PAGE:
Mark Goyder is a senior advisor to the Board Intelligence Think Tank. He’s the founder of Tomorrow’s Company and co-author with Ong Boon Hwee of Entrusted: Stewardship for Responsible Wealth Creation, published by World Scientific in 2020.
“It’s clear that while capitalism has a huge amount to offer in terms of wealth creation and encouraging free enterprise, it has still not found a way of enabling participation for all.”
“Imagine a world where every young person not only has a small inheritance with which to start their adult life, but also the opportunity to build its value by learning and by being mentored, in order to develop their life skills?”
Gavin Oldham — whose words these are — was educated at Eton and Cambridge. He has spent his working life — very successfully — in the City of London. He founded a business called The Share Centre as a way of enabling and empowering large numbers of people to be more confident with their finances.
He is a City success story and he hates embedded inequality. He wants to use capitalist methods to spread wealth and give ordinary people a start. While he doesn’t favour using the tax system and heavyweight intermediation to transfer wealth from the living, he does believe in transfers of wealth from the dead, so that inequality is not compounded across generations. He told the Financial Times in an interview:
“By 24, I had a clear vision in my mind. I wanted to try to help people reach their true potential, from whatever background. I was pretty sure that I would stick with that principle throughout my working life, and that is what I have done.”
At a recent conference organised by the newly formed Share Alliance, he startled me with statistics reported in a 2020 Times column by Jenni Russell:
“The average white British household had £282,000 in assets, including pensionable wealth, savings and housing. Indians were just behind with £266,000, but Pakistani households had less than half of white ones, Black Caribbeans less than a third, and Black Africans and Bangladeshi ones less than a tenth at £24,000.”
Fixing the wealth gap, concluded Jenni Russell, was the key to equality.
In Tomorrow’s Company, we believe that an important part of fixing inequality must be to inspire and enable people without starting advantages to find and activate their inner entrepreneur. We have started to work on this in secondary and higher education. We are finding that 15-year-olds with very little interest in schoolwork can be brimming with business ideas. That makes me warm to the reasons why, 18 years earlier, Gavin Oldham set up The Share Foundation.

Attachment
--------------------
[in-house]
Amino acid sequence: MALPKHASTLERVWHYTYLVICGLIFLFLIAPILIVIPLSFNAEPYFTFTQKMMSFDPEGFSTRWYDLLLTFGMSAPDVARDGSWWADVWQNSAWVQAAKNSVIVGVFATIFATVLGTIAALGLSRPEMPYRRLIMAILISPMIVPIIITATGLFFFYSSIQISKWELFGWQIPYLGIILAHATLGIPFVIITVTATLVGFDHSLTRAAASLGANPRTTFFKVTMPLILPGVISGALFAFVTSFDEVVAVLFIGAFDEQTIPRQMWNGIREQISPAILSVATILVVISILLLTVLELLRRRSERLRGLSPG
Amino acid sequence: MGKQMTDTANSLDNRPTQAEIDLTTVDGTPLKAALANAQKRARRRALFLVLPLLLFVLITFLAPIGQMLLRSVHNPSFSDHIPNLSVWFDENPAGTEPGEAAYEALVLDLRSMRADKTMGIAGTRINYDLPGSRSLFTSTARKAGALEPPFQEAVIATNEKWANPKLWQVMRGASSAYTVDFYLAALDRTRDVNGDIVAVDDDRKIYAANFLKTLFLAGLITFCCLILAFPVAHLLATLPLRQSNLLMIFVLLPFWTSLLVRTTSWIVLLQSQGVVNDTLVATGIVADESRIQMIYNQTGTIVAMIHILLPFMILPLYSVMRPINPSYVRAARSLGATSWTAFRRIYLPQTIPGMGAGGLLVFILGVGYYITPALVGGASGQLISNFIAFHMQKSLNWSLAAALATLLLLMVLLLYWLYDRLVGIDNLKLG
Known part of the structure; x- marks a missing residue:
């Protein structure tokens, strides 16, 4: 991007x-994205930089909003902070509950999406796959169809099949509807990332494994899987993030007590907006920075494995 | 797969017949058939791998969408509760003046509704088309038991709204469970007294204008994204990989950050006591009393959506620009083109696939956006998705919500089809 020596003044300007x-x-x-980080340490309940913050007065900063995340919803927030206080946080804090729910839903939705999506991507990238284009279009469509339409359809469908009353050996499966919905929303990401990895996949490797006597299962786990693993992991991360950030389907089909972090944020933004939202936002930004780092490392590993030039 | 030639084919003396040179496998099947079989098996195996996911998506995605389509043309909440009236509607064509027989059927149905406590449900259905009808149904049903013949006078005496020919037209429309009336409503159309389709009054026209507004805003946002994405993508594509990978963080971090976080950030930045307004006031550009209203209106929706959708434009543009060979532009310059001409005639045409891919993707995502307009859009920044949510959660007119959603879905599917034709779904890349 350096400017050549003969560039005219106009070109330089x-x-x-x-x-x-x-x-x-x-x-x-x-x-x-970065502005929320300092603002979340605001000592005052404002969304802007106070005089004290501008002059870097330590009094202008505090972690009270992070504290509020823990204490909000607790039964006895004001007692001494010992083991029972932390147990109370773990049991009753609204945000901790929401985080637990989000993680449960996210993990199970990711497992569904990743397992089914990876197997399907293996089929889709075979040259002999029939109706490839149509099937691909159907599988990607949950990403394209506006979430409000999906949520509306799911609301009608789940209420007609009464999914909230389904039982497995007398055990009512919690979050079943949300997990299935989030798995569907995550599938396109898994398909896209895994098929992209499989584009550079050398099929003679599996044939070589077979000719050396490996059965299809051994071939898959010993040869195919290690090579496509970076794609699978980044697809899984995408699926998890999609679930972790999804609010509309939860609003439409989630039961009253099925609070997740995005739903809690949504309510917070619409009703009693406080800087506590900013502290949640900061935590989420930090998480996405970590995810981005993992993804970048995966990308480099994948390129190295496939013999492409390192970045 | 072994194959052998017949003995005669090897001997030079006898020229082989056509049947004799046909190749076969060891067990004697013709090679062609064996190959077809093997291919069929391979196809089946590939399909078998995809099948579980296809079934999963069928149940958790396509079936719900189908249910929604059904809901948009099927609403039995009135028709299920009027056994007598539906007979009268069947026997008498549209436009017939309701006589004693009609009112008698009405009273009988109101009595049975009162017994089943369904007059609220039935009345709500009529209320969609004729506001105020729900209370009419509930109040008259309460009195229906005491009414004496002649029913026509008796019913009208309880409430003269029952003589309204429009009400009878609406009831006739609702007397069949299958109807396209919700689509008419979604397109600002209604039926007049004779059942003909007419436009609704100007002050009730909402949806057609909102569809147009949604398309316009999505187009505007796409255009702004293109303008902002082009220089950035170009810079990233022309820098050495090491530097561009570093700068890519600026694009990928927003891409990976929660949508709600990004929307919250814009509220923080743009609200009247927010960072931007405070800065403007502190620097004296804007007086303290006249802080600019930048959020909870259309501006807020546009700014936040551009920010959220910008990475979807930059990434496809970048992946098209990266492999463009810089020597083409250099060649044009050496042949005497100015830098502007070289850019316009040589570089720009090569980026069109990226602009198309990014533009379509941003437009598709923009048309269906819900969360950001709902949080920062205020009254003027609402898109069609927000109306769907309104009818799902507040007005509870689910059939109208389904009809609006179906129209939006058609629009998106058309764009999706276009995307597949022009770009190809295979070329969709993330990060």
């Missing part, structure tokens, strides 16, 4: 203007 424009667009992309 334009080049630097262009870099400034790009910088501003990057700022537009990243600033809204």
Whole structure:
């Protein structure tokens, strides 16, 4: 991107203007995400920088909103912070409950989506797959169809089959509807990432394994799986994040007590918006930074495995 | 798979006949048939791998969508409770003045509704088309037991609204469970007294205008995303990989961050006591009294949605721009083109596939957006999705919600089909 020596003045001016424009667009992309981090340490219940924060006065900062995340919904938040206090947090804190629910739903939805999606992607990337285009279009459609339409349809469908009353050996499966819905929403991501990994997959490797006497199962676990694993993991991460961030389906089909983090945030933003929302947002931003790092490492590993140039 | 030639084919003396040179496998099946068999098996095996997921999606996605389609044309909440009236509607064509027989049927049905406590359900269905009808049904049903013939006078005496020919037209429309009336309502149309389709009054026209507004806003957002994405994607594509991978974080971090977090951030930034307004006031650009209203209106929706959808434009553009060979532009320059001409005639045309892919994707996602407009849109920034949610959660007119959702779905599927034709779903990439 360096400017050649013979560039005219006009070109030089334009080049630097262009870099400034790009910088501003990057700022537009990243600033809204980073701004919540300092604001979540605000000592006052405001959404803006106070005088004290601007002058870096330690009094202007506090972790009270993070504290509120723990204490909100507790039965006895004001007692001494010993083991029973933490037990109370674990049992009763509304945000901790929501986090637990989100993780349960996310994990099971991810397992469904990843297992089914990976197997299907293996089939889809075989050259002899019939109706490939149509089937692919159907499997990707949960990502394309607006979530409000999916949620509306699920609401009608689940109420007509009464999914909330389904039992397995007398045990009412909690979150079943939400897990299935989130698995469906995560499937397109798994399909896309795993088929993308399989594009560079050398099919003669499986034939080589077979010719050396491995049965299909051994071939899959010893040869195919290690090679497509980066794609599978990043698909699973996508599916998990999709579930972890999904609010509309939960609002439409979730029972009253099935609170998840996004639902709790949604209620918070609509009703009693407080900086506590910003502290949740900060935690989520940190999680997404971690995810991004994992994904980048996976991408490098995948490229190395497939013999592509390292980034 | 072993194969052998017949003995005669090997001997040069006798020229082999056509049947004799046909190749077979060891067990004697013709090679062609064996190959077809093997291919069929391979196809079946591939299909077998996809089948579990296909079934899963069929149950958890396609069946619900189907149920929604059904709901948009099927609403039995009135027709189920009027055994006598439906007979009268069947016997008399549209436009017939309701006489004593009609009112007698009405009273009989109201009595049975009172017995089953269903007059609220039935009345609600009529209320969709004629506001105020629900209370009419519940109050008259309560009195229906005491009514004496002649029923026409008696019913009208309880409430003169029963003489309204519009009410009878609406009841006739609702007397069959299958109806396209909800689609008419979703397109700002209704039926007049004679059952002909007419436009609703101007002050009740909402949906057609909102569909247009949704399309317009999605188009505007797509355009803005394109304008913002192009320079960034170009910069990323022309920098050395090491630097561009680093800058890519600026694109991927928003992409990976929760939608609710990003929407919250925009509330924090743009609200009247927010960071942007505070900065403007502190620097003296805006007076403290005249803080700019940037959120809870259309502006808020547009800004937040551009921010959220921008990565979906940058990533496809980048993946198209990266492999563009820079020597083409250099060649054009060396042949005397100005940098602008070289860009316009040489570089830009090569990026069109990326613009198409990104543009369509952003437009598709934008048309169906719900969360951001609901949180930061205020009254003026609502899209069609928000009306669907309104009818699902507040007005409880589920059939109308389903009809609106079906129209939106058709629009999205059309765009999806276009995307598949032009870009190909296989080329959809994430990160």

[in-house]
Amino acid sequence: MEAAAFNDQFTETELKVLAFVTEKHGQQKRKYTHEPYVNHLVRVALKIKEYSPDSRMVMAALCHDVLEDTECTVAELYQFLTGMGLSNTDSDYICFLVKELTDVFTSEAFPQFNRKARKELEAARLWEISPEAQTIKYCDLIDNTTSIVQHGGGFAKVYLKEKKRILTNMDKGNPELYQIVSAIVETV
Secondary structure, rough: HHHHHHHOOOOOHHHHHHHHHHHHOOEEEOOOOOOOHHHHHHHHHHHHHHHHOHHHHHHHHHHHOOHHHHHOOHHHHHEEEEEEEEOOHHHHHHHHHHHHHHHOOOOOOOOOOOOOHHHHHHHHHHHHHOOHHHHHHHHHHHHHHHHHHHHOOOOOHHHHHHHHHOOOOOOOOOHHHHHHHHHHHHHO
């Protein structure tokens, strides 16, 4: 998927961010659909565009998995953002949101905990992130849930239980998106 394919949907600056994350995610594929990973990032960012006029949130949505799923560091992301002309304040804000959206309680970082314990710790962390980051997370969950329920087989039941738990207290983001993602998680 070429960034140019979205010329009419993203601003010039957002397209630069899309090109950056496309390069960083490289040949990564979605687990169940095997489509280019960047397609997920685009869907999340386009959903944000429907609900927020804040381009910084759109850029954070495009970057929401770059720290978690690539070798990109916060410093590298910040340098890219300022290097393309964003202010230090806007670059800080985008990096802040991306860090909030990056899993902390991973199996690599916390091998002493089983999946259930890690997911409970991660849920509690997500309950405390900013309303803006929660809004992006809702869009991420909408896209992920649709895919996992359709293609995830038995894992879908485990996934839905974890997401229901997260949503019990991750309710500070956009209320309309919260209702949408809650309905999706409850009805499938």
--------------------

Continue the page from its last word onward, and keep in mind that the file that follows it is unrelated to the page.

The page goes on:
“At the heart of the Share Foundation’s mission, there is a passion for inter-generational rebalancing. We believe that children from all backgrounds have the same mix of potentials to achieve great things as adults, and that a fair and just society should enable them to have not only the life skills that they need but also some resources to help them achieve their potential in adult life.”
To do this the Foundation is leveraging two government initiatives which have made this possible — Gordon Brown’s creation of the Child Trust Fund in 2002 (abolished by George Osborne in 2011 but still benefitting those born during those years), and the later children’s Junior ISA accounts.
As a result of its work since 2012, with the help of contract funding from the Department of Education, every young person living in care for at least one year has a modest capital account which has been created and invested in their account, and to which they will have full access at the age 18.
The Share Foundation also initiated a recovery campaign for the whole Child Trust Fund programme. 42% of young adults entitled to this money are still not connected with the accounts opened in their name by HMRC. Around 900,000 young people, predominantly from low-income households, with accounts totalling £1.7 billion are not drawing on what is due to them.
The Foundation also runs a major programme of financial education for young people in care. Young people who undertake and complete the six stages of the incentivised learning programme receive a further £1500 into their capital fund.
Beyond this Gavin Oldham wants to go further in his quest for a more egalitarian form of capitalism:
“A programme with a huge ambition before it, to change the world’s economic system in order to enable participation for all.”
Another key idea on which he and the newly formed Share Alliance will be working is “Stock for Data”:
Ambitiously, Oldham says:
“The immense commercial success of tech giants is drawn directly from storage and harvesting of data from its customers — who now comprise the majority of the global population. This should be recognised in the issue of equity stock ownership which will enable them to share in that wealth creation and to participate in the governance of those businesses.”
To my mind, these proposals are raw but deserve to be examined. Companies like Google, Meta and Amazon have captured large amounts of data from us. Practical questions abound. How to draw up a list of beneficiaries, internationally. Is the scheme voluntary or compulsory? Who administers it?
And yet… this is the right conversation to be having among those who believe that business has a major contribution to make to a fairer society. Questions of inter-generational balancing and participation for all should be finding their way onto boardroom agendas. It’s fine to set up a Youth Shadow Board: but what is your company doing for real intergenerational fairness?